The most recent elections in Jerusalem should bring a sigh of relief to those that fear an eventual demographic takeover by the religious sector in Israel. In a sign of what is likely to continue happening even as the religious sector grows, although the active electorate in this city has a religious majority, it nonetheless elected a clearly secular candidate.

The math is easy. Three haredi parties garnered 14 seats while two national religious parties received another 3 seats. Without even counting religious voters that voted for other parties, the total comes to 17 out of 31 city council seats, an obvious majority. Moreover, given that Nir Barkat received less than 52% of the vote, it is quite possible that had there not been dissent within the traditional base of United Torah Judaism (the main Ashkenazi haredi party), Moshe Lion would now be mayor of Jerusalem.

For many on the outside, it is hard to understand how what seems like a monolithic group could shoot itself in the foot so badly. True, many insiders don’t understand it either! But whether it makes political sense or not, the perennial cracks in the religious world show that pushing a general religious agenda to bolster institutional support of Jewish law is not the highest value of many in the religious community.

The most recent and bitter division within the non-hassidic haredi community is perhaps only the most blatant display of how much the secular-religious divide has actually become secondary to more and more religious voters in Israel. But is far from being the only one.

The two wings of the national religious world had supported different political parties for several elections before their most recent (and likely temporary) unification as the Beit Yehudi. United Torah Judaism is actually a federation of two wings that were also once at very bitter loggerheads. Even Shas was treated to great derision by its former Ashkenazi handlers once it started becoming too powerful.

Many reasons can be given for this infighting. It could be that religious voters don’t really expect to be able to change the religious character of the state by becoming its leaders. That is to say that many have acquiesced to a situation where there is not much more that can be done within a democratic framework to make Israel more Jewish. It could also be that this is actually not their true first priority.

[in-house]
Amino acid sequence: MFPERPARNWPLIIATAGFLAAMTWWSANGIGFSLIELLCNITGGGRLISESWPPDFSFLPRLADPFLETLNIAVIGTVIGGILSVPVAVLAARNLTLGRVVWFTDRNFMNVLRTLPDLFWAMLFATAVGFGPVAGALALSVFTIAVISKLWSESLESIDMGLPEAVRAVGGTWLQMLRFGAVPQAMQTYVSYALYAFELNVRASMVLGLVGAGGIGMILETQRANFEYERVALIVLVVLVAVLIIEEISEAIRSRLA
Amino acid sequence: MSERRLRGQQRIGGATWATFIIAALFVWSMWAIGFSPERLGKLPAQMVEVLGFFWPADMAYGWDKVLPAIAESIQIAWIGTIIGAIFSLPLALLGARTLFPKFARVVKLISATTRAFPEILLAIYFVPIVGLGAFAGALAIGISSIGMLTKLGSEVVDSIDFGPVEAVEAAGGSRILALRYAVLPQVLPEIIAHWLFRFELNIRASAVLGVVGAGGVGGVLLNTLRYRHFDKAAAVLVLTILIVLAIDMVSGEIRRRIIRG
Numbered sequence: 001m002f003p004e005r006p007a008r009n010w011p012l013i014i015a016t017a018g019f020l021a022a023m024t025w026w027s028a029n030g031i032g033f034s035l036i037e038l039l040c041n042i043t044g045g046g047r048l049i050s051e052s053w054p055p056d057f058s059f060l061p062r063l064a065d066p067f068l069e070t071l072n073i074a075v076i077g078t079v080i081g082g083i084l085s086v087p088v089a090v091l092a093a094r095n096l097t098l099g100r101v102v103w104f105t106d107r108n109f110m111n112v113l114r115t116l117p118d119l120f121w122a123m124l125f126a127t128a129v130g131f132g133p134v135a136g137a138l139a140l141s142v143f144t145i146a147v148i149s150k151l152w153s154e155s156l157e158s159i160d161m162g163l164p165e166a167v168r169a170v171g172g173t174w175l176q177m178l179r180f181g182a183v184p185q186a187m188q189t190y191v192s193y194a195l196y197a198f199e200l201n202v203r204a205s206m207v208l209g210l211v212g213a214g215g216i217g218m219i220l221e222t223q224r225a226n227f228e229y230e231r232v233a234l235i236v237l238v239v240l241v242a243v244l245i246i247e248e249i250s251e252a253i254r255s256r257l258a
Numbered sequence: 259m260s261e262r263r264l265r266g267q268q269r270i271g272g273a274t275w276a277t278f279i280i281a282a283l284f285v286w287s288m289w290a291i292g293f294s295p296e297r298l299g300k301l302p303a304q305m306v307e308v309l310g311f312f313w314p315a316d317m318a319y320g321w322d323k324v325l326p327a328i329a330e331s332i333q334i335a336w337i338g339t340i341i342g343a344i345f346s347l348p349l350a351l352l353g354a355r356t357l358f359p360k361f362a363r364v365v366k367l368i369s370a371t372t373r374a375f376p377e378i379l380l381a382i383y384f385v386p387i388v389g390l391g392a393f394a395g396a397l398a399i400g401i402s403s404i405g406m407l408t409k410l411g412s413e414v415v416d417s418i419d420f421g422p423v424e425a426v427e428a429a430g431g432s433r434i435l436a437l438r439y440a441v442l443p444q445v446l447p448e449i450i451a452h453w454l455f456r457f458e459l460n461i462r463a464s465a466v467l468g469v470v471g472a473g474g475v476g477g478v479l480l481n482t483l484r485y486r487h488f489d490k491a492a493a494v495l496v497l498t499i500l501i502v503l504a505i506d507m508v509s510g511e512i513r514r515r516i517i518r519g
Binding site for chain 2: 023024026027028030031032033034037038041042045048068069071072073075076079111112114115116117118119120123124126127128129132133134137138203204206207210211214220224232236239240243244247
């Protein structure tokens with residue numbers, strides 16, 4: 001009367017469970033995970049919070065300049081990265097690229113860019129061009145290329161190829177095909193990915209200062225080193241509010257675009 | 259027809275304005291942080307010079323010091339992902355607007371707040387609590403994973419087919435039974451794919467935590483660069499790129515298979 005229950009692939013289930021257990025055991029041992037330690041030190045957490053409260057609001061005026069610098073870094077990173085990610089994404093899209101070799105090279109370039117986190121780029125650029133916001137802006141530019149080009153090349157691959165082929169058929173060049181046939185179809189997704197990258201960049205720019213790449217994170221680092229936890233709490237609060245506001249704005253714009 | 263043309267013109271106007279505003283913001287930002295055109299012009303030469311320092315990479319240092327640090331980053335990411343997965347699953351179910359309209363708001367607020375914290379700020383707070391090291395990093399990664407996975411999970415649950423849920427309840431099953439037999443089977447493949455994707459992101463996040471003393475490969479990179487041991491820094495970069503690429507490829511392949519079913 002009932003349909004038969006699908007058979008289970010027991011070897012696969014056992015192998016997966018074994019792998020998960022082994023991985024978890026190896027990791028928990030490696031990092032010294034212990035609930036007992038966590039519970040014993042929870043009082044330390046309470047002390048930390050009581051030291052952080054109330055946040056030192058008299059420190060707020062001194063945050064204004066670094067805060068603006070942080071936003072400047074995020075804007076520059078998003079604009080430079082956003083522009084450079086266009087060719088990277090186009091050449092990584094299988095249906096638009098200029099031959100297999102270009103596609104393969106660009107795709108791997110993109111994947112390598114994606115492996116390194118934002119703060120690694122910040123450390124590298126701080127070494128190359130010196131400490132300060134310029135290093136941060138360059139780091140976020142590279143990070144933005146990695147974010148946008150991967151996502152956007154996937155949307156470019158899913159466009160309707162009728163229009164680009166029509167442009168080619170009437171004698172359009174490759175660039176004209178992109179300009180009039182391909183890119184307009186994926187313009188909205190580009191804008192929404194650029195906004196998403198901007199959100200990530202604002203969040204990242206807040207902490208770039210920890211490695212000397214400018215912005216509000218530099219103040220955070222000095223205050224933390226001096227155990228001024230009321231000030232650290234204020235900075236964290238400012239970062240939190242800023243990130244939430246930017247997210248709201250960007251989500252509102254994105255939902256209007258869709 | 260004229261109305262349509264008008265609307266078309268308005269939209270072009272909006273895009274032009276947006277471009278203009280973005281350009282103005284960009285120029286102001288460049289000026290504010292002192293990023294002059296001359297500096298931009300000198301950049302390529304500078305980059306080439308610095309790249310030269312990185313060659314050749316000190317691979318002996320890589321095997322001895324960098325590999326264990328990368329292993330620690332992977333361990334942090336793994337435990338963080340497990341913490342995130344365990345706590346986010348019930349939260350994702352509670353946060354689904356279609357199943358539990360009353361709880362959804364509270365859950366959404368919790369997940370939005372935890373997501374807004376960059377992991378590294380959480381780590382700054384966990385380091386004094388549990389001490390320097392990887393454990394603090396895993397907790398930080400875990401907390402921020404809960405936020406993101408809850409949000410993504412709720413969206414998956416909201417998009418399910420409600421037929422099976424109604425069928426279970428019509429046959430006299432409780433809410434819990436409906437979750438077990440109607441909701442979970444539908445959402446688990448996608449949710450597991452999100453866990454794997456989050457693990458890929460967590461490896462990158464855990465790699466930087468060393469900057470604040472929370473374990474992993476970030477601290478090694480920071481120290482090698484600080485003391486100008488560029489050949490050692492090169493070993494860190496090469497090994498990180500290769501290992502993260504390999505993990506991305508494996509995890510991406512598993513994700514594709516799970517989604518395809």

Whatever the cause, however, it is becoming clearer and clearer that in the same way as the secular parties have too much separating one from another to dictate a national agenda, the same is equally true of the religious. And even as someone who strongly believes that Judaism doesn’t recognize the notion of separation between religion and state, I am not sure that this is completely a bad thing.

The lack of unity is a reflection of an ultimately pluralistic religious worldview that is part and parcel of normative Judaism. (Not to be misunderstood, I don’t mean to include any and all perspectives simply because Judaism recognizes the legitimacy of more than one approach.) In a complex and diverse society, multiple religious viewpoints allow for more Jews to relate to Judaism. And ultimately that relationship or its lack will probably have more of an impact on the character of Israeli society than any governmental decisions.

But there is something else as well. As has been the case in the past, so into the foreseeable future Israel will continue to be a mixed society. So long as this is the case, both sides of the religious-secular divide must understand that they have no choice but to keep the interests, beliefs and preferences of the other in mind. If disunity on both sides of the divide helps to promote that, then that is a blessing.